This jelly-bean-looking EV is already signing people up for a waitlist while it goes through testing. Because electric motors and batteries take up less space, the inside of a Canoo is “as big as a Suburban, with a smaller footprint than a Prius.” The interior has sofa-like seating, and “enough room to easily fit a surfboard or an Ikea cabinet.” It can drive 250 miles on one charge, plus the battery can attain an 80% charge in only a half hour.
But the big innovation here isn’t really the car itself; it’s in the paperwork – or lack thereof.
Instead of selling or leasing, Canoo believes people will pay a monthly subscription fee for personal transportation. That fee includes 24/7 access, maintenance, registration, charging, and access to insurance.
The real disruption is that selling subscriptions instead of cars also enables Canoo to skip dealerships. AND lenders.
Younger people just don’t care as much about cars
The American dream doesn’t automatically include a shiny new car anymore. Of course, car subscriptions won’t be for everybody. Lots of people will want and need to own or lease for many years to come.
There are still plenty of gearheads and road trips, and there always will be, but it’s also become common for young adults these days to delay getting their driver’s licenses, skip owning a car if possible, or at least put off the hassle as long as they can. They’d rather spend their money, time, and attention on other things.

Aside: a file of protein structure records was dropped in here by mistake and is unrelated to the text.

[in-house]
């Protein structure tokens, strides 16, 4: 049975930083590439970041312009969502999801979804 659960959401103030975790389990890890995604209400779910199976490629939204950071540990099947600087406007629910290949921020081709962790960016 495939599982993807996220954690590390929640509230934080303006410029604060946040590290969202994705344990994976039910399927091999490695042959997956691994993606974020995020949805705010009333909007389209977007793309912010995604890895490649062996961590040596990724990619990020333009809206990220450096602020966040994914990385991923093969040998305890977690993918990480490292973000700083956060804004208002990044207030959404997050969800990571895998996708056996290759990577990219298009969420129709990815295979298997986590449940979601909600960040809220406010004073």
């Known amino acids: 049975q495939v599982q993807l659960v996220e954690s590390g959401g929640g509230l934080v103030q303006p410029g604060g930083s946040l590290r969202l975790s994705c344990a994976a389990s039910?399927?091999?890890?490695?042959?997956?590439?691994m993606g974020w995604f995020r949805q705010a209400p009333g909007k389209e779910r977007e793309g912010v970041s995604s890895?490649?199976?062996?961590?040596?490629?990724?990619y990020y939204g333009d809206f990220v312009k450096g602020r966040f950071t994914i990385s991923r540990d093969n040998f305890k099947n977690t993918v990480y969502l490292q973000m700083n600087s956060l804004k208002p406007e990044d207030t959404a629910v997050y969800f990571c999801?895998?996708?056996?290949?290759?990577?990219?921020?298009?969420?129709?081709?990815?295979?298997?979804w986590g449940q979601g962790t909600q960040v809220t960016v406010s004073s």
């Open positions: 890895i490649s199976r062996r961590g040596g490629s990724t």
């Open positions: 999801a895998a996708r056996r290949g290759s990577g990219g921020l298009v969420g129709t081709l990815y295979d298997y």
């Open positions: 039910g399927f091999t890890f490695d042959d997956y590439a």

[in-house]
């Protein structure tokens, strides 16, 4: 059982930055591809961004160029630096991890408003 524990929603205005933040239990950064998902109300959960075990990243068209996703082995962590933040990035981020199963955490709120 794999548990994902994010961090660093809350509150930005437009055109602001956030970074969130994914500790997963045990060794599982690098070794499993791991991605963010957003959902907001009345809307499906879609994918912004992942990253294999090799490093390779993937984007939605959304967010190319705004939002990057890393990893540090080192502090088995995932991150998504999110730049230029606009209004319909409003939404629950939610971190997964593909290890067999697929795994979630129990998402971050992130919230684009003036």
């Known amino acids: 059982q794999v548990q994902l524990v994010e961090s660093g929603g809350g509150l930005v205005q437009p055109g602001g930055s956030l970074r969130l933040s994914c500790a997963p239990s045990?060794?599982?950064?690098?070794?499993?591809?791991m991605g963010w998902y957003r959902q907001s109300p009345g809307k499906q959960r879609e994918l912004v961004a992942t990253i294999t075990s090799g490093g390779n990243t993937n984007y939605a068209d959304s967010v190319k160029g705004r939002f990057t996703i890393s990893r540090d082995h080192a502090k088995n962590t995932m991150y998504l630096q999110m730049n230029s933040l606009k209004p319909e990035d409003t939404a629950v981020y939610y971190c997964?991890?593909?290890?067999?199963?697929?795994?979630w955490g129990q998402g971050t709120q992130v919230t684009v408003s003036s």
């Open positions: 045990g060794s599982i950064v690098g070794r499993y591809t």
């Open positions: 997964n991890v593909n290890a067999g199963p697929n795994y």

Lots of people, especially more and more younger people, see cars and traditional dealerships as a pain in the neck, and would be happy to sign up for something more convenient.
Carvana is seeing massive growth because they’ve removed almost all the friction (and the giant car vending machines are cool). You can examine, select, and buy a thoroughly inspected used car online, and apply for financing with about ten questions.
Time to rethink the car loan
At most credit unions, car loans are your boring bread and butter. How will you keep your loaf from shrinking over the next ten years? Fortunately, there’s still lots of room to compete if you’re willing to think beyond the rate.
For example, what if you could take away the hassle with an “Everything” car loan? Instead of dealing with car payments, maintenance and repair expenses, tires, insurance, registration, etc., what if the CU or a CUSO did the legwork and bundled it all up into one worry-free payment? That way, the member could drive what they want and still get the convenience of a subscription.
Or what if you offered loans that worked for the “gig” economy – people who are driving for ride sharing, car sharing, delivery services, or who rent out their cars when they’re not using them? Instead of sending these people away, work with them.
And if you haven’t done so already, it’s past time to set up EV-friendly car financing that factors in lower energy and maintenance costs and includes funding for installing a charger.
These are just a few examples, of course. The market for car financing is evolving fast, and credit union car loans will need to evolve as well.